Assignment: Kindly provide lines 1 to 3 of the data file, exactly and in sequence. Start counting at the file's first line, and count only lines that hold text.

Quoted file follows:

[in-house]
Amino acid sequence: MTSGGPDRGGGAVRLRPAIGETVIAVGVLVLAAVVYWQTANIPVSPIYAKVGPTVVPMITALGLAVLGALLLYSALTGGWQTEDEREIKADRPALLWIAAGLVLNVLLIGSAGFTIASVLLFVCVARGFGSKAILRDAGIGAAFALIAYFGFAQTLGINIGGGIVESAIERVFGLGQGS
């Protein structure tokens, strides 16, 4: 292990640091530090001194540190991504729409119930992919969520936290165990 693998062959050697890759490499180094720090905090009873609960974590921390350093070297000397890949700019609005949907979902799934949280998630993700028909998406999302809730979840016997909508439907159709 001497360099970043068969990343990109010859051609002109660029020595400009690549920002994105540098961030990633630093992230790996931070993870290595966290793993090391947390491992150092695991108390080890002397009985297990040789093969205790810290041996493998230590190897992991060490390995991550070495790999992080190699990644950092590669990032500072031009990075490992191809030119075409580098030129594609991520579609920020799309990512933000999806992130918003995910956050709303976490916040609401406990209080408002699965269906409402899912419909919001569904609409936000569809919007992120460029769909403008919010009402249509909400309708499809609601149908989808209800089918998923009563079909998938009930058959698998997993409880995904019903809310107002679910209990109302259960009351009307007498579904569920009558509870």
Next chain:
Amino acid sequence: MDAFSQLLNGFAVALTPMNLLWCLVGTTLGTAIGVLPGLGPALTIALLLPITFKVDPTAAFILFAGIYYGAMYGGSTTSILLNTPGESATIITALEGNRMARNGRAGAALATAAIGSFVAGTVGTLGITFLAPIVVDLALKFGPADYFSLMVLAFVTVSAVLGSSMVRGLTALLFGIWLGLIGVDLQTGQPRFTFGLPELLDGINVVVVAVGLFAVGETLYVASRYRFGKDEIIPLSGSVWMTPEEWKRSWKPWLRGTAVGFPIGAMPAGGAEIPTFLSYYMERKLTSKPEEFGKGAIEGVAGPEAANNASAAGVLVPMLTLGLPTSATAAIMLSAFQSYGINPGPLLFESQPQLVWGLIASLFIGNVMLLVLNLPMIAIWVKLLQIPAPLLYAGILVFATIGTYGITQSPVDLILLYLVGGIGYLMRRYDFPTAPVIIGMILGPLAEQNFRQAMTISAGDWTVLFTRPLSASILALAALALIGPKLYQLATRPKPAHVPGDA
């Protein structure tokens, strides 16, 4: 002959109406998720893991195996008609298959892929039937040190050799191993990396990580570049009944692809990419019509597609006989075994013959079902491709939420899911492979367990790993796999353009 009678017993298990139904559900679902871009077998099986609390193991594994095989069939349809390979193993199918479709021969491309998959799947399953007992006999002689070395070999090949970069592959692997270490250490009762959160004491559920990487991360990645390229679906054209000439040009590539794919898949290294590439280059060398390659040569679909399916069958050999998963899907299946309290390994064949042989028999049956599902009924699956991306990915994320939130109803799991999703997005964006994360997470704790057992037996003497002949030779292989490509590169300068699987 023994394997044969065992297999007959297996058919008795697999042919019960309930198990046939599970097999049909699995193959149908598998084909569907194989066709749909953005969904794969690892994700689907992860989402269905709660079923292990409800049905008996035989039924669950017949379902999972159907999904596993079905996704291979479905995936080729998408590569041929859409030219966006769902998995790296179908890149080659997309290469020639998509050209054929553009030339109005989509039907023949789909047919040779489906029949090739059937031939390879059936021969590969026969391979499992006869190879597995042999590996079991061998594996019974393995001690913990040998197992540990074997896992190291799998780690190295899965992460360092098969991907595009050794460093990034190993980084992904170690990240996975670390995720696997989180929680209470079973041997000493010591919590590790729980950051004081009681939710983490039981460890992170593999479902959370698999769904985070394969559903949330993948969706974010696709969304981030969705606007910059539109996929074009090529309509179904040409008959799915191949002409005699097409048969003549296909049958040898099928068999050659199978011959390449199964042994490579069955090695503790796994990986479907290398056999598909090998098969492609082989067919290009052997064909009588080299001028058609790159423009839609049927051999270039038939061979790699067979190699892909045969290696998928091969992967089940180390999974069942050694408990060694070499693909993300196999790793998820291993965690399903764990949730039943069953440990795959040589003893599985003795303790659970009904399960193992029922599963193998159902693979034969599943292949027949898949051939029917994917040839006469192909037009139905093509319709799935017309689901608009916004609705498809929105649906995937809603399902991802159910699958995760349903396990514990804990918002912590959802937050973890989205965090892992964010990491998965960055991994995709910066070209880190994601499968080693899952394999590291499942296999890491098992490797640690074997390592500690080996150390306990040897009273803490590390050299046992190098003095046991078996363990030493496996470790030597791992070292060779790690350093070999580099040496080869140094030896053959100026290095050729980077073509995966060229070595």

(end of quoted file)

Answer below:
[in-house]
Amino acid sequence: MTSGGPDRGGGAVRLRPAIGETVIAVGVLVLAAVVYWQTANIPVSPIYAKVGPTVVPMITALGLAVLGALLLYSALTGGWQTEDEREIKADRPALLWIAAGLVLNVLLIGSAGFTIASVLLFVCVARGFGSKAILRDAGIGAAFALIAYFGFAQTLGINIGGGIVESAIERVFGLGQGS
């Protein structure tokens, strides 16, 4: 292990640091530090001194540190991504729409119930992919969520936290165990 693998062959050697890759490499180094720090905090009873609960974590921390350093070297000397890949700019609005949907979902799934949280998630993700028909998406999302809730979840016997909508439907159709 001497360099970043068969990343990109010859051609002109660029020595400009690549920002994105540098961030990633630093992230790996931070993870290595966290793993090391947390491992150092695991108390080890002397009985297990040789093969205790810290041996493998230590190897992991060490390995991550070495790999992080190699990644950092590669990032500072031009990075490992191809030119075409580098030129594609991520579609920020799309990512933000999806992130918003995910956050709303976490916040609401406990209080408002699965269906409402899912419909919001569904609409936000569809919007992120460029769909403008919010009402249509909400309708499809609601149908989808209800089918998923009563079909998938009930058959698998997993409880995904019903809310107002679910209990109302259960009351009307007498579904569920009558509870």